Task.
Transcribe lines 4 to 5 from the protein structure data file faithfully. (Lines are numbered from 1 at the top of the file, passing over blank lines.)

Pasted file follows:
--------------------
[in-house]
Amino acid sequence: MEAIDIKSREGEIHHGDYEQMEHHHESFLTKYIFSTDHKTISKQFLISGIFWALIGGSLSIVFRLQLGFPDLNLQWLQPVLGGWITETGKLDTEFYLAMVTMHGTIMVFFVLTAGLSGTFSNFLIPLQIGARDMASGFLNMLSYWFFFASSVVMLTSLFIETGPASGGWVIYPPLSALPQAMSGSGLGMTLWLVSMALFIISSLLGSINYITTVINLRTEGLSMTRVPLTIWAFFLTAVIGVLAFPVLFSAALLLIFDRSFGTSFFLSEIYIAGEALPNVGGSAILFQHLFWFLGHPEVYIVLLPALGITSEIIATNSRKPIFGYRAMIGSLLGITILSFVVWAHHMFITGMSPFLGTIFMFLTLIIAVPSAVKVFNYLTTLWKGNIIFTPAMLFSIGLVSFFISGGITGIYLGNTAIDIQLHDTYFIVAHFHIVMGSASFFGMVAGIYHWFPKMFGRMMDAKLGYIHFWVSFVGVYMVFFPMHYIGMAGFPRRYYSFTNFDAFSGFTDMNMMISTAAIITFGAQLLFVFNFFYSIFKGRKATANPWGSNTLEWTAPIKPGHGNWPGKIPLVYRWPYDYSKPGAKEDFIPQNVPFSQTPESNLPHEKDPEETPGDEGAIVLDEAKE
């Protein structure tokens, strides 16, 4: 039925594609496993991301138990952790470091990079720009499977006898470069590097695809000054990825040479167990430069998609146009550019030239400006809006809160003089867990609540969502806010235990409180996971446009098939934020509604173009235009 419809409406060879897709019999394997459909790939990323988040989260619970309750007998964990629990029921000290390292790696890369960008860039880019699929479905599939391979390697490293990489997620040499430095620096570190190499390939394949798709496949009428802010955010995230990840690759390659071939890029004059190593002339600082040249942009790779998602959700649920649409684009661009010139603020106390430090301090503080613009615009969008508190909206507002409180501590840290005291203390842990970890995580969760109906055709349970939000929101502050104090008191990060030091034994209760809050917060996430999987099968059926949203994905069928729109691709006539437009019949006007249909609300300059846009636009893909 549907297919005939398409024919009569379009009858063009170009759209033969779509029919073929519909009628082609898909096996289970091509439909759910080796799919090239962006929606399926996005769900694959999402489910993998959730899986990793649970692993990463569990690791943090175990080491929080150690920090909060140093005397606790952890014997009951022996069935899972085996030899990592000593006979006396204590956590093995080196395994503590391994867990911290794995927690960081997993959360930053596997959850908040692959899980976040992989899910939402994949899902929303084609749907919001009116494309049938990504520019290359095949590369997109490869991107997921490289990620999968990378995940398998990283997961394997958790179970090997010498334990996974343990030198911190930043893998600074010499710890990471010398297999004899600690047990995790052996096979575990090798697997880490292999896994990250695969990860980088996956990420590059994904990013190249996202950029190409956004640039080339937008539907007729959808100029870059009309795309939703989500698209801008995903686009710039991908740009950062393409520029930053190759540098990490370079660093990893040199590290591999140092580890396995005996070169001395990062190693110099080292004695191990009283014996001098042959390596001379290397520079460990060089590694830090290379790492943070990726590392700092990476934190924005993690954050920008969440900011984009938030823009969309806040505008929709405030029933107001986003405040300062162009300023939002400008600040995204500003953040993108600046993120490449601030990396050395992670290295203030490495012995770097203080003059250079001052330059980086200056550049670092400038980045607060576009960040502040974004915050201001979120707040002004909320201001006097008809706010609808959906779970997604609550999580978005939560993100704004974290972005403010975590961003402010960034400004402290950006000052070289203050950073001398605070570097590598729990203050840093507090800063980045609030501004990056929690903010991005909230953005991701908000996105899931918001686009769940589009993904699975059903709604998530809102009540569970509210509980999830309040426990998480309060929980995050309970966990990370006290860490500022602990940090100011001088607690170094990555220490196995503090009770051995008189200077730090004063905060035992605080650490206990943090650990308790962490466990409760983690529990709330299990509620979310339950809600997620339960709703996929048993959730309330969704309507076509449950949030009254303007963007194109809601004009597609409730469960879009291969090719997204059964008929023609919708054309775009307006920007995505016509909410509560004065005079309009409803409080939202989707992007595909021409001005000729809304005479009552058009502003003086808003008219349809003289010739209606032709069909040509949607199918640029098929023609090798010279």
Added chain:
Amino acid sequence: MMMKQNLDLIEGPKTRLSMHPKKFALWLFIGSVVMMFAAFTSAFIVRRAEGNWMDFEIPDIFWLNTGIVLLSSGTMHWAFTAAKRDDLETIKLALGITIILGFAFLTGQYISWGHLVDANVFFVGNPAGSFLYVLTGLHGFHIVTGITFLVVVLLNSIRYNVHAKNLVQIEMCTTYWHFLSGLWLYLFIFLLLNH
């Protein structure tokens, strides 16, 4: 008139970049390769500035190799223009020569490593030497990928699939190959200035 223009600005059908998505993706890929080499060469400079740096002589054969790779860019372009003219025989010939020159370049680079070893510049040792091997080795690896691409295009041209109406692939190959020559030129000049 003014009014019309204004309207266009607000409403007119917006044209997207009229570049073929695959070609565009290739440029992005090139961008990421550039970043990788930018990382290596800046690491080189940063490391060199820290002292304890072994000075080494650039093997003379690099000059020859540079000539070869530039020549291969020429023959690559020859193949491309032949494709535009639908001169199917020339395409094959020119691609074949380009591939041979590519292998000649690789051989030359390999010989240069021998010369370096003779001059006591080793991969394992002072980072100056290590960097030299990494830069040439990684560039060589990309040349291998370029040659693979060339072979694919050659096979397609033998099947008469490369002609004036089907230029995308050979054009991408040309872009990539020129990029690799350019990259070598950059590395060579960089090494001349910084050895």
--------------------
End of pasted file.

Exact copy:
Added chain:
Amino acid sequence: MMMKQNLDLIEGPKTRLSMHPKKFALWLFIGSVVMMFAAFTSAFIVRRAEGNWMDFEIPDIFWLNTGIVLLSSGTMHWAFTAAKRDDLETIKLALGITIILGFAFLTGQYISWGHLVDANVFFVGNPAGSFLYVLTGLHGFHIVTGITFLVVVLLNSIRYNVHAKNLVQIEMCTTYWHFLSGLWLYLFIFLLLNH